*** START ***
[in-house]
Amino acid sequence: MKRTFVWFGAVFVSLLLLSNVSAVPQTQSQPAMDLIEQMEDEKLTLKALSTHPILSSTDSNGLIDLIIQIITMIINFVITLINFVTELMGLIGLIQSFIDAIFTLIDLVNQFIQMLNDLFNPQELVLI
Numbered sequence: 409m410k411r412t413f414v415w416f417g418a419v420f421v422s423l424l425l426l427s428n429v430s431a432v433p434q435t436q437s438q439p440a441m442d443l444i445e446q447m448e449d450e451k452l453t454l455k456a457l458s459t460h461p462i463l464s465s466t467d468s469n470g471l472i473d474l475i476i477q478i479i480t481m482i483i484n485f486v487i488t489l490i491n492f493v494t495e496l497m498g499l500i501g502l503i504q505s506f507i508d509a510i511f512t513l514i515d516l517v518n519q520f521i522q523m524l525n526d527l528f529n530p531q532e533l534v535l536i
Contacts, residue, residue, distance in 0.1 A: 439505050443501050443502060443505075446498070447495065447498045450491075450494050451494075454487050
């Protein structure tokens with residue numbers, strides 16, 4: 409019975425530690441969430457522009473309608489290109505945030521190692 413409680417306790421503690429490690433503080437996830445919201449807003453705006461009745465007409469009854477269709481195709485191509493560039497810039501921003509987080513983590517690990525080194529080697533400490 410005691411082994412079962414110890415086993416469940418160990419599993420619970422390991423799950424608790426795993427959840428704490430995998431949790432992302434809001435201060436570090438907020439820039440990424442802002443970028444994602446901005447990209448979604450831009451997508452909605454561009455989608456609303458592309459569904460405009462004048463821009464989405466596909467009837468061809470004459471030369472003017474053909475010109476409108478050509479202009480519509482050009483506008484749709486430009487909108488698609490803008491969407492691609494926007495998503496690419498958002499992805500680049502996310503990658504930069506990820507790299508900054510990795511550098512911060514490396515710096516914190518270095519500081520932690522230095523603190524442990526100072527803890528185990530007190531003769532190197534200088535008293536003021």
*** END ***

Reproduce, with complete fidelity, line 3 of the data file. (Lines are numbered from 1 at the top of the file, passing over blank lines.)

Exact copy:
Numbered sequence: 409m410k411r412t413f414v415w416f417g418a419v420f421v422s423l424l425l426l427s428n429v430s431a432v433p434q435t436q437s438q439p440a441m442d443l444i445e446q447m448e449d450e451k452l453t454l455k456a457l458s459t460h461p462i463l464s465s466t467d468s469n470g471l472i473d474l475i476i477q478i479i480t481m482i483i484n485f486v487i488t489l490i491n492f493v494t495e496l497m498g499l500i501g502l503i504q505s506f507i508d509a510i511f512t513l514i515d516l517v518n519q520f521i522q523m524l525n526d527l528f529n530p531q532e533l534v535l536i